Patient safety

Why we measure it - Overwhelmingly, survival is the first and most important statistic parents and others ask about. Using the American Society of Anesthesiologists (ASA) physical status score, we measure survival by patient complexity from the time anesthesia starts to when it stops, and at 48 hours after a procedure or anesthesia. 

Patient safety 2009 2010 2011 2012
Number of ASA 1 and 2 cases
ASA 1 = Healthy, ASA 2 = Mild Systemic Disease
 16,934  17,062


% Survival at 48 Hours for ASA 1 and 2
100% 100% 100% 100%
Number of ASA 3 cases
ASA 3 = Severe Systemic




% Survival at 48 hours for ASA 3 99.97%


Number of ASA 4 and 5 cases
ASA 4 = Severe Systemic Life Threat, ASA 5 = Moribund
1,243 1,175


% survival at 48 hours for ASA 4 and 5 98.63% 98.47% 98.49% 98.74%
Total % survival at 48 hours 99.92%
99.90% 99.93% 99.9%

What this means
- The higher the ASA physical status score, the less the patient is able to tolerate stress, including illness or surgery, and the more complex the case for the operating room team. We have a 100 percent survival rate for otherwise healthy patients (ASA 1 and 2) for the time period reviewed. It is expected that as the severity of the anesthesia case increases we would see a decline in survival. The perioperative mortality rate for pediatric anesthesia in highly developed countries should be less than 20/10,000. The rate is considerably better - about half as high - at Children's Hospital of Wisconsin. While all procedures and anesthesia have some risk, we continuously evaluate our professional performance, equipment and systems to ensure safety.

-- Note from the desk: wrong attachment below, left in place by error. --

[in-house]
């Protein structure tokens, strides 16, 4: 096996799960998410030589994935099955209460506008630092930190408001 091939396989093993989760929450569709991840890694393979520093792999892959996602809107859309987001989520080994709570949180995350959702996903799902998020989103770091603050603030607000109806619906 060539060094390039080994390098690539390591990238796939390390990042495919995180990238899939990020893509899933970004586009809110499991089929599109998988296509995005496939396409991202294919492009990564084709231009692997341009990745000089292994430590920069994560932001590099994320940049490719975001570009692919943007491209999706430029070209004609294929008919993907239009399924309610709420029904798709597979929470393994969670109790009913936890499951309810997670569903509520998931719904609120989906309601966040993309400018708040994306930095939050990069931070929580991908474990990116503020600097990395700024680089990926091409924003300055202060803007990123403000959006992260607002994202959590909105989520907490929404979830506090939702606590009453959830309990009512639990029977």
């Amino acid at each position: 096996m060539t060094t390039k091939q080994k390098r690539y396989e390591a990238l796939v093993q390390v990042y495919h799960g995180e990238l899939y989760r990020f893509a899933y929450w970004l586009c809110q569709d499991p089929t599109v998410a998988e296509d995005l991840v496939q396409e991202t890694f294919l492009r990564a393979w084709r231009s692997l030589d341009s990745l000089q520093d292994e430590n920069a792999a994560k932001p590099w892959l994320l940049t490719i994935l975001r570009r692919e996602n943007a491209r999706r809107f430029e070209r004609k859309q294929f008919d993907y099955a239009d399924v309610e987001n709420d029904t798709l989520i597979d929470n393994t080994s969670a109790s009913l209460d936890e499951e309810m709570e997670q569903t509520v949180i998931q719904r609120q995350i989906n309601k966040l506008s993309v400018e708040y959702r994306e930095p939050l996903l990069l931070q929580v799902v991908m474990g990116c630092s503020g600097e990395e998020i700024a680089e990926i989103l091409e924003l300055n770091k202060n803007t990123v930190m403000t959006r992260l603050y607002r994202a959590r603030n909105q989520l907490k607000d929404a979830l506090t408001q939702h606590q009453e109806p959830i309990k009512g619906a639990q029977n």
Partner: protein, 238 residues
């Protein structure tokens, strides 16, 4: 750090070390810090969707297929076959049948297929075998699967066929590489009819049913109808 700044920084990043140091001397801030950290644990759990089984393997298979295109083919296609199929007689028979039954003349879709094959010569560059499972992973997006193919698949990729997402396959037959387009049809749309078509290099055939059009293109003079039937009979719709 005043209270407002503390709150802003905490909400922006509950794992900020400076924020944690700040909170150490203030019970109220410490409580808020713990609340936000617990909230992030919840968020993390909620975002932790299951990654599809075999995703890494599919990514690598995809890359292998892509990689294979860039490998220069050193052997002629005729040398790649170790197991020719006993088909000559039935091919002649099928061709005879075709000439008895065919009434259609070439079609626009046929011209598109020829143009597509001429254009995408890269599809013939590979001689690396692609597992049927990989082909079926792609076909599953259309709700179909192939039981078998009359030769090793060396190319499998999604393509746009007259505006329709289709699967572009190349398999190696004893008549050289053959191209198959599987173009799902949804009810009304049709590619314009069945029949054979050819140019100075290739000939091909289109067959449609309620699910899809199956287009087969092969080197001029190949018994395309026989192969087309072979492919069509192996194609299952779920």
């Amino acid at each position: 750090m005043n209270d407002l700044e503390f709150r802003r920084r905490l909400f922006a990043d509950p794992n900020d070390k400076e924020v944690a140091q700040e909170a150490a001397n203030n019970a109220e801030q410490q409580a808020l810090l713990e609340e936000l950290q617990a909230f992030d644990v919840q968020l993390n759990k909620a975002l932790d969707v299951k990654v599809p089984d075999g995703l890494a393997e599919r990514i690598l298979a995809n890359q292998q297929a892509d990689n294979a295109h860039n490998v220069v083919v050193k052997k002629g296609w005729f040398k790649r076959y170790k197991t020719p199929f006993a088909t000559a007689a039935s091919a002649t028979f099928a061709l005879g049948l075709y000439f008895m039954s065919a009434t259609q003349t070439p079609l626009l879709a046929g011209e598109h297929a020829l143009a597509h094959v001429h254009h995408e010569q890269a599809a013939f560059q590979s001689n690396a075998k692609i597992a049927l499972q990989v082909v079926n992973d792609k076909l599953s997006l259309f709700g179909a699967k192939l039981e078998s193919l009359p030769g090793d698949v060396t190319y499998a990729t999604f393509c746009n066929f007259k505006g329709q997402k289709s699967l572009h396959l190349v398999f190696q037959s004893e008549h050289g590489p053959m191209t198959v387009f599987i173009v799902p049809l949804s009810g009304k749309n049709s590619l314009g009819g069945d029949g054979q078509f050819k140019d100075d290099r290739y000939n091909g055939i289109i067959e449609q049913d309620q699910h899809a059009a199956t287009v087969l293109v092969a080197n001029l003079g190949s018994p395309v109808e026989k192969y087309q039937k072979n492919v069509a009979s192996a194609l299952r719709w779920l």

About the data - These data reflect the number of cases with anesthesiology care, not the total number of procedures. One patient may have several procedures during one anesthesia case. The survival is calculated at 48 hours post surgery for the different categories.

Related dimensions of care:

imgSafe  imgEffective

How we provide the best care

  • We have 35 board-certified anesthesiologists with subspecialty training in pediatric anesthesiology.
  • Pediatric anesthesiologists assess all patients before surgery using a scoring system called the American Society of Anesthesiologists physical status score. This comprehensive risk assessment system helps predict the risk of complications and helps us match patients with the right resources. Patients who have a higher risk are more likely to require more complex and time-consuming resources such as postoperative hospitalization, treatment in the intensive care unit and prolonged monitoring.
  • Same-day surgery patients who are otherwise health usually receive care at Children's Hospital of Wisconsin Surgicenter with added comfort and convenience. Highly complex patients are cared for at Children's Hospital of Wisconsin in Milwaukee campus where more resources are immediately available.
  • Our expert teams are on call 24 hours a day to provide services for general anesthesia, cardiac anesthesia, critical care, pain management and trauma/code response team. We typically have four or five anesthesiologists on call each night to care for urgent and emergency cases.
  • We are recognized nationally for developing new monitoring techniques for patients before, during and after surgery and we continue to set standards around the world for noninvasive hemodynamic monitoring, which ensures the body is receiving enough oxygen and nutrients through the blood.
  • Team members use the latest equipment and therapies and have access to a variety of subspecialty teams such as pain management, critical care, orthopedics, neurosurgical, cardiac and complex airway management. 

Level I trauma center

Children's Hospital of Wisconsin is a Level I Pediatric Trauma Center, certified by the American College of Surgeons. This certification means we are able to provide the best possible care to the most critically injured children. It also recognizes that we are involved in injury prevention, research and education.